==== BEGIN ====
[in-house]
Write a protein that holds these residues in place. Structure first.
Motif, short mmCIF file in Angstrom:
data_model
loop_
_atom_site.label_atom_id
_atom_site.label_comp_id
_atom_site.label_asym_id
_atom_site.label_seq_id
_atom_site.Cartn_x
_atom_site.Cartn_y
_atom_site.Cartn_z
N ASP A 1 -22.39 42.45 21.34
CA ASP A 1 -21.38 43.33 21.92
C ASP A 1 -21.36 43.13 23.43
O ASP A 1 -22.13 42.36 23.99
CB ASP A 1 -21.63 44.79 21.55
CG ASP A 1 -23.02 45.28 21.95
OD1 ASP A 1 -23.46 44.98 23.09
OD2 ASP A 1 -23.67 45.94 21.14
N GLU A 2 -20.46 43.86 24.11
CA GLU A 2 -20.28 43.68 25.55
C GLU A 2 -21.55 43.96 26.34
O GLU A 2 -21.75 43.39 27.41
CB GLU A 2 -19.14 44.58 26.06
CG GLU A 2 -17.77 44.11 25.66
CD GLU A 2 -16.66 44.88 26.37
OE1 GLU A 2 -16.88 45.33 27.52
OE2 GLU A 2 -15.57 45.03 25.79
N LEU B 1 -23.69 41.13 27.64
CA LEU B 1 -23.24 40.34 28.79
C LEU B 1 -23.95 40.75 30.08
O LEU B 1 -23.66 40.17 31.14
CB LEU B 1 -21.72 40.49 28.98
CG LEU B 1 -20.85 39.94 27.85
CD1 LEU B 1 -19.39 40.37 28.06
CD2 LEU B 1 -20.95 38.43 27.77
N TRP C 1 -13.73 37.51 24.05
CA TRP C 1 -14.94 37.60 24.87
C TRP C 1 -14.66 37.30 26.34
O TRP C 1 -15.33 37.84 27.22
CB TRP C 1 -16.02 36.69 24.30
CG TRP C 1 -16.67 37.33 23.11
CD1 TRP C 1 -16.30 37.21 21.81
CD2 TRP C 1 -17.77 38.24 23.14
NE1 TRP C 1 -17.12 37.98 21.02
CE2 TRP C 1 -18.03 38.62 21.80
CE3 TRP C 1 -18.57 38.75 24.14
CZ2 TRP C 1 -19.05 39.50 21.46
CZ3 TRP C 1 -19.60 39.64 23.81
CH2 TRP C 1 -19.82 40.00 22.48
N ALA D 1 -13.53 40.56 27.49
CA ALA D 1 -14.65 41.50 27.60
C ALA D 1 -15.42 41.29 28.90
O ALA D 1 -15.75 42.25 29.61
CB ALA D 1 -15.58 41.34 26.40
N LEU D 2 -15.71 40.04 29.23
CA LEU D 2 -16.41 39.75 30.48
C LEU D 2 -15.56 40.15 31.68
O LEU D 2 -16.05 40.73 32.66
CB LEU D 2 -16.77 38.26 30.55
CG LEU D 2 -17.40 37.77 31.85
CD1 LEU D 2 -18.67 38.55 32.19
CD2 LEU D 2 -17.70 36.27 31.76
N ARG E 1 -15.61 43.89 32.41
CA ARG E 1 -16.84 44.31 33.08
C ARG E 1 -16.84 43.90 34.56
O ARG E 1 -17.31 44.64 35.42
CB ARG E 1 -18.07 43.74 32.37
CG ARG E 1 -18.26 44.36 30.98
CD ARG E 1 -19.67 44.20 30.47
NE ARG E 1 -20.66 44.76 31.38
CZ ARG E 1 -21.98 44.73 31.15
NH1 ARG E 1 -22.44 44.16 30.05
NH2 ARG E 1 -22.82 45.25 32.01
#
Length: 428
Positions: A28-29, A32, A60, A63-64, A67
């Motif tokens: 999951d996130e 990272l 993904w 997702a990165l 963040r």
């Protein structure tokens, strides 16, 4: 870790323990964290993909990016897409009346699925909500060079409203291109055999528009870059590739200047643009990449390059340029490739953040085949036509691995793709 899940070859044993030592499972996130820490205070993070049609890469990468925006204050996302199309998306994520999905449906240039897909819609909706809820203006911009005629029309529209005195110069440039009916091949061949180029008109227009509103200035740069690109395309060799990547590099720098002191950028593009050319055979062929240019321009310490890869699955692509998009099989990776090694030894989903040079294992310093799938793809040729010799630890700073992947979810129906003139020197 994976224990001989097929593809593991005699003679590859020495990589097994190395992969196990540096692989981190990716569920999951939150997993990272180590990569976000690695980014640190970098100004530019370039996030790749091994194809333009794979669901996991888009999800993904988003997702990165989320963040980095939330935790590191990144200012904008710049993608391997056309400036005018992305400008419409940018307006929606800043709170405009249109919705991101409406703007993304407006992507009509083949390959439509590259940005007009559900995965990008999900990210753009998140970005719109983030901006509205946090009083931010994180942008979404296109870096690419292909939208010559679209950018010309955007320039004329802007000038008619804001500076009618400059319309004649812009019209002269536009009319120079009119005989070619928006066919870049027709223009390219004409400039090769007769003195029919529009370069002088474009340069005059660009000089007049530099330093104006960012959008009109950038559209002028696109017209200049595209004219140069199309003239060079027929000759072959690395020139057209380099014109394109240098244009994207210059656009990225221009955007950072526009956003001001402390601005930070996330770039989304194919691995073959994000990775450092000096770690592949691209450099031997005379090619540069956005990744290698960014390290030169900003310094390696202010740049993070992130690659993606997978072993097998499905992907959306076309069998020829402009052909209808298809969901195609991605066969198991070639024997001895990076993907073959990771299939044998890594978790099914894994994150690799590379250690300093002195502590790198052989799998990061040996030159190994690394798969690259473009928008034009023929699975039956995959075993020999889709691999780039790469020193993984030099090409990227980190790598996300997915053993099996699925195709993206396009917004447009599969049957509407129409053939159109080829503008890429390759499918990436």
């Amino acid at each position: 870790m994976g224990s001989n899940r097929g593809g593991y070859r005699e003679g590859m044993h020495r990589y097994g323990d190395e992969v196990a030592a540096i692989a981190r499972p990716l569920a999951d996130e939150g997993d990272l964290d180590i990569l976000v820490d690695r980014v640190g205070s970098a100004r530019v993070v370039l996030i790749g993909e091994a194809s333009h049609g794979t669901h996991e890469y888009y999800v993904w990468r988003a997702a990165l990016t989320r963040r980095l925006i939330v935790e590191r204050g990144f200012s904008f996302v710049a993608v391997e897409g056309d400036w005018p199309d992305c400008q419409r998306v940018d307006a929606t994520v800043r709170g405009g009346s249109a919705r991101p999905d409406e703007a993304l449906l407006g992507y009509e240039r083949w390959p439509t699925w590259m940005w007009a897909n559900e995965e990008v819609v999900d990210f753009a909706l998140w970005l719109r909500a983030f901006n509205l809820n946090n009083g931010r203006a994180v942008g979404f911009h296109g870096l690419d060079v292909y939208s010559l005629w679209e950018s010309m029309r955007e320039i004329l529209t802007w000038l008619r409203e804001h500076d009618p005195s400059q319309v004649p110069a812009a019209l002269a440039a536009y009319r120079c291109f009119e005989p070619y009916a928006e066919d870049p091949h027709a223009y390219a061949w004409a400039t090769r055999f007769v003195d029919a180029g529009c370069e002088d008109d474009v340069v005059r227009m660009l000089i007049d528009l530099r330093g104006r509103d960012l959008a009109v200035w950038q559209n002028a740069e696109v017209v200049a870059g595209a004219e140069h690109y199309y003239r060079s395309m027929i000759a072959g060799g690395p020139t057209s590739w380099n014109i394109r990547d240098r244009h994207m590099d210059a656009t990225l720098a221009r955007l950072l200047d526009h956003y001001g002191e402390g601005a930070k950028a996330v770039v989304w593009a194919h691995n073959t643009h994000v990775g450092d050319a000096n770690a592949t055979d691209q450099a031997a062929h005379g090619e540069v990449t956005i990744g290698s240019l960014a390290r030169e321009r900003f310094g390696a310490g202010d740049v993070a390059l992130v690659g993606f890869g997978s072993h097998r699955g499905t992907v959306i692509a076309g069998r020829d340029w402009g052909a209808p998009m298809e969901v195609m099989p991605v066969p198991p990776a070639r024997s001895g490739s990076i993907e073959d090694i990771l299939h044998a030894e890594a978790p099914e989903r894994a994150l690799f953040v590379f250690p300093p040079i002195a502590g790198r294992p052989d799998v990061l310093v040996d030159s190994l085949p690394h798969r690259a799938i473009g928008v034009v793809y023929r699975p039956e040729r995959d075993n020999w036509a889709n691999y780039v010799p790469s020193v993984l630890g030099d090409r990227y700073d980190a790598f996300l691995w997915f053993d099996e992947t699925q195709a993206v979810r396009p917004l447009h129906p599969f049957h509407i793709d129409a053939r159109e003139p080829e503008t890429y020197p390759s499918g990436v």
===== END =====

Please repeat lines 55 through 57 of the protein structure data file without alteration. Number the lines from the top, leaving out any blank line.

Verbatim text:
O ALA D 1 -15.75 42.25 29.61
CB ALA D 1 -15.58 41.34 26.40
N LEU D 2 -15.71 40.04 29.23